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In collaboration with Hagenhinderdahl Light Designers

Julia Koerner has been to Hong Kong for a total of 8 hours, over two travel layovers. Two strong impressions of the city remain unforgettable to her, the nightly light show view from the Museum of Art, and the view from The Peak - both encapsulating a sparkling encounter of modernity and breathtaking vistas. We envision an installation that is a duality of verticality and light. One that is strongly rooted in Chinese culture, yet technologically cutting- edge and projects the light of the future. The verticality of the installation will be represented by columns that are designed to mimic traditional forms found in Chinese Temples and architecture; and project them in a modernised form. Asking locals and visitors to envision a dialogue between the old and new. Similar to how Chinese temples are now integrated amongst the modern day sky-scrapers of Hong Kong. The light atop each column willd draw inspiration from the mesmerising glow of Chinese lanterns.Often used during celebrations when temples become the focal point of the city.



The art piece will be installed along the Waterfront Promenade of Hong Kong Island.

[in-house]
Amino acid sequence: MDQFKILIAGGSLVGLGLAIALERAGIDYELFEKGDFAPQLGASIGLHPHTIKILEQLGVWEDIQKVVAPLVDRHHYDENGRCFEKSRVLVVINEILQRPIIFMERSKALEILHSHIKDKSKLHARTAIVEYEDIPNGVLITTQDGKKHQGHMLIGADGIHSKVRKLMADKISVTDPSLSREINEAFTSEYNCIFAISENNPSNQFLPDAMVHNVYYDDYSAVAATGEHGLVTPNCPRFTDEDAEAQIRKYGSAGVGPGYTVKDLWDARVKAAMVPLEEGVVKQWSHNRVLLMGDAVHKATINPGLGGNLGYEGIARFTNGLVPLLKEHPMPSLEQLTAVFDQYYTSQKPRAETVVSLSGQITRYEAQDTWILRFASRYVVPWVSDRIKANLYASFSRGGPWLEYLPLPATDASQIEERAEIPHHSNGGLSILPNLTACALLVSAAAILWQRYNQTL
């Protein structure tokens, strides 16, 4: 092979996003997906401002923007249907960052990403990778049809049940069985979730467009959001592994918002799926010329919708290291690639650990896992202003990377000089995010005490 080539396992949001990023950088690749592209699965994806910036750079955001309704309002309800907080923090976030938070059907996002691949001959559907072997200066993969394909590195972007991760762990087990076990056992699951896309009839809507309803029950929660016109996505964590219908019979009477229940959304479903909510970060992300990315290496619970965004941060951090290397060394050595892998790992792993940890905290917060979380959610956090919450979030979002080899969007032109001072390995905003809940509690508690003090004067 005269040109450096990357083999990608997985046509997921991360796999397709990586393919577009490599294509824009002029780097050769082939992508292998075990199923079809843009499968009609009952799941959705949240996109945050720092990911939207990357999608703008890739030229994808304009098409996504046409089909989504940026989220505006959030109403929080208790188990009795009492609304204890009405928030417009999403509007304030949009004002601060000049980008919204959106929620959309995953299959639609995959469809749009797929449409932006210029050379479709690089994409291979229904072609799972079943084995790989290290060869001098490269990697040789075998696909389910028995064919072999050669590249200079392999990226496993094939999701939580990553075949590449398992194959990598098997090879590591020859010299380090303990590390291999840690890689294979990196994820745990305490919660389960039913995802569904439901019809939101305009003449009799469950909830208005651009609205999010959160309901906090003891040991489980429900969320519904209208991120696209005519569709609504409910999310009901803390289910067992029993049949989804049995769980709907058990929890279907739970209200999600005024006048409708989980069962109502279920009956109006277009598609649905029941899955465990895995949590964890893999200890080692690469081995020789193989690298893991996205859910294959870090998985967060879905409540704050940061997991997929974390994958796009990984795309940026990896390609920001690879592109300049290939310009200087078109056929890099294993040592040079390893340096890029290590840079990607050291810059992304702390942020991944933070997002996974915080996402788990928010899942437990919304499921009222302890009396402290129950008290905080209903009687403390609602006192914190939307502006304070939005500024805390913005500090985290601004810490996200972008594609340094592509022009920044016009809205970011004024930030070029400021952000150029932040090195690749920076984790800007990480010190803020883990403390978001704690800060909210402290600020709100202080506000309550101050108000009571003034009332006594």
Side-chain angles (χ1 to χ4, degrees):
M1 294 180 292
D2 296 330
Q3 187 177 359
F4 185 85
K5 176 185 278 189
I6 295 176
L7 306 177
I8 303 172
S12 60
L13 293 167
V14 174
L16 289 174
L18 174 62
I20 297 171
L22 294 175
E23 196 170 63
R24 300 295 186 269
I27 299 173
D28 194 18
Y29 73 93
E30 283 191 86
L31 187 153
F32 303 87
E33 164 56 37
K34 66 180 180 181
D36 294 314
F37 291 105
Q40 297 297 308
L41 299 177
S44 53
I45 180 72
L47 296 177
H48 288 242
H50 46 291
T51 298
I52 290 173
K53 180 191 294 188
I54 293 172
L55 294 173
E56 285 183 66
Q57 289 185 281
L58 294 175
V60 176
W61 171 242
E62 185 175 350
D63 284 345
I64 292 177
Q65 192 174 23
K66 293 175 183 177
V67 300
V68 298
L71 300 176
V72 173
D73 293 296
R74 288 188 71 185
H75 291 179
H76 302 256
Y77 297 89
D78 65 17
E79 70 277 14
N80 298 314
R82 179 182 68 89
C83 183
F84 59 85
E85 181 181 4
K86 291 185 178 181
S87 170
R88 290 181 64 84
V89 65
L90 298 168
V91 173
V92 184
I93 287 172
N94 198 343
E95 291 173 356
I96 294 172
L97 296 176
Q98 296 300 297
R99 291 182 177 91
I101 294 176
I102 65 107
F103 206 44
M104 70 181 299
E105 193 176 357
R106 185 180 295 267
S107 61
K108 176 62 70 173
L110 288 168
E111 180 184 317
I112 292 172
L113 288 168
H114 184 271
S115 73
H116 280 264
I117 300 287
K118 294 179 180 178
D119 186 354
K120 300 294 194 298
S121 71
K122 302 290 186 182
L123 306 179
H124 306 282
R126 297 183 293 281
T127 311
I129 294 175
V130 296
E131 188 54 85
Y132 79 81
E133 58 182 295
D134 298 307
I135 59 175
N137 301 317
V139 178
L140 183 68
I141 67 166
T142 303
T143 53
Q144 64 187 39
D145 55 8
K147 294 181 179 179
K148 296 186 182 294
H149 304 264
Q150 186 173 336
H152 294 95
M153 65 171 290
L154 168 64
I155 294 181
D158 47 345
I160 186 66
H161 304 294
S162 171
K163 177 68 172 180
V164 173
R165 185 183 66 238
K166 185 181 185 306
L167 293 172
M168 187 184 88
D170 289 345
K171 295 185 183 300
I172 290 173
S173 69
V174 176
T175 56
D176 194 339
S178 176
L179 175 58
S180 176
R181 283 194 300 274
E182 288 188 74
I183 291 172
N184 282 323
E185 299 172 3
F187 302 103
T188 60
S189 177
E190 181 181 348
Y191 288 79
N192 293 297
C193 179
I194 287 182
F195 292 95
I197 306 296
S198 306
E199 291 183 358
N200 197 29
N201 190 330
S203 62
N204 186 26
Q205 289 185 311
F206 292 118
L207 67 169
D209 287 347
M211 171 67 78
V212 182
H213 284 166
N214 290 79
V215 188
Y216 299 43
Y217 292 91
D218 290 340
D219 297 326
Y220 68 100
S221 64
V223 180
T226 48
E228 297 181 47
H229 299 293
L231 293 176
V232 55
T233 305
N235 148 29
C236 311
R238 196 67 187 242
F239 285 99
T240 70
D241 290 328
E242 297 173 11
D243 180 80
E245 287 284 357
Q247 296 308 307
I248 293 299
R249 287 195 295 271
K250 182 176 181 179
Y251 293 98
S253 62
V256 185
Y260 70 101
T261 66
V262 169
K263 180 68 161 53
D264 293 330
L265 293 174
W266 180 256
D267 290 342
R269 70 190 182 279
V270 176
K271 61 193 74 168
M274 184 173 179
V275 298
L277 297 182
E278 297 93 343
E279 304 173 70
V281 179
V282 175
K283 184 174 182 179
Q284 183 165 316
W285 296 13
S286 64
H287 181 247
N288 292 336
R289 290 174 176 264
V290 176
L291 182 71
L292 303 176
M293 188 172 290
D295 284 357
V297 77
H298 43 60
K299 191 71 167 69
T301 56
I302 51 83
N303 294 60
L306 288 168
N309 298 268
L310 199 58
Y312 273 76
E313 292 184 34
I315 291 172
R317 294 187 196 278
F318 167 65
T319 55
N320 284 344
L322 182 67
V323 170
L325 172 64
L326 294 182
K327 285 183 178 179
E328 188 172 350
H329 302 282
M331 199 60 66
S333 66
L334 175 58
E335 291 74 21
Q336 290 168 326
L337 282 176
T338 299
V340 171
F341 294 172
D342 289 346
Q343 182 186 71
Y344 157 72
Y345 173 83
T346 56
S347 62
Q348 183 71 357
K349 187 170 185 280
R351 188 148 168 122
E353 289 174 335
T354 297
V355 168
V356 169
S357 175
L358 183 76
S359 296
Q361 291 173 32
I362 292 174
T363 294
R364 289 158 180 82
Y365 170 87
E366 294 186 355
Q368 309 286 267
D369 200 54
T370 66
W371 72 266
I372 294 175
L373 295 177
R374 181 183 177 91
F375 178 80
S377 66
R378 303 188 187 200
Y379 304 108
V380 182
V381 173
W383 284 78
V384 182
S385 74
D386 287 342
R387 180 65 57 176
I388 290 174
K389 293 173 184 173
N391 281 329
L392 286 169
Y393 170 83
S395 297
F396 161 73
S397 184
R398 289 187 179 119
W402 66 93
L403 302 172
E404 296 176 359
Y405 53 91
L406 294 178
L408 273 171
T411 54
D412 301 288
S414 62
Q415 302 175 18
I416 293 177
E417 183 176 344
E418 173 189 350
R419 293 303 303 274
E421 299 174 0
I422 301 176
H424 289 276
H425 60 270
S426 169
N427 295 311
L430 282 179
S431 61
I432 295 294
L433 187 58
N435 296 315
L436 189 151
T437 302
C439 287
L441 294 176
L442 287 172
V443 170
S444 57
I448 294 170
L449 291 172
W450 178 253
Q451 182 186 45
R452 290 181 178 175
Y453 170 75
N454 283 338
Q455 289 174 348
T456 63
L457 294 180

Chosen for both it’s footfall and central location to ArtBasel HK, the art piece being located within the plaza will create a vertical dialogue with the skyline of Hong Kong as well as be a visible light from the Kowloon waterfront each evening. The proposal is a 3D-printed colonnade of columns with lighted crowns, organized in a grid of eight-by-eight, each unique in its size and form - no two that are the same. Each column will be 3D-printed locally in sustainable and recycled materials and protected by a durable coating, using only the material required to create the column and no waste in production, embracing a positive vision to the future. The column will be topped with a glass crown serving as a lantern. At daytime, the unique shadows and reflections of the glass tops mesmerize visitors, while at night-time the glowing lantern crowns blend into the lights of the city. The viewer will be invited to use the installation as a backdrop or walk freely inbetween. The art piece will be installed in a gridded format across the plaza on a 100mm raised platform. With a ramp access on either side, users can traverse through the piece and take photos of themselves within. The columns will be hollow on the inside with 1.5mm thickness at the top and bottom. Each individually composed of 3 pieces, connection points will have an increased thickness of 5mm. Each column will be bolted into the platform below for stability. The spheres of light on each column will be made of double-blown glass and be integrated into the 3-d printed design. Each light will be powered by a circular OLED panel, lighting up the installation in the Hong Kong skyline. At the launch event, there will be a series of live 3D prints showing the process of how the columns have been made. With viewers able to walk up to the printers, they can engage with the artists and production team to learn all about the development of the art piece.The artists will also speak and hold a Q&A to teach about the connection between the installation and the research that has taken place into the Cantonese temple architecture.



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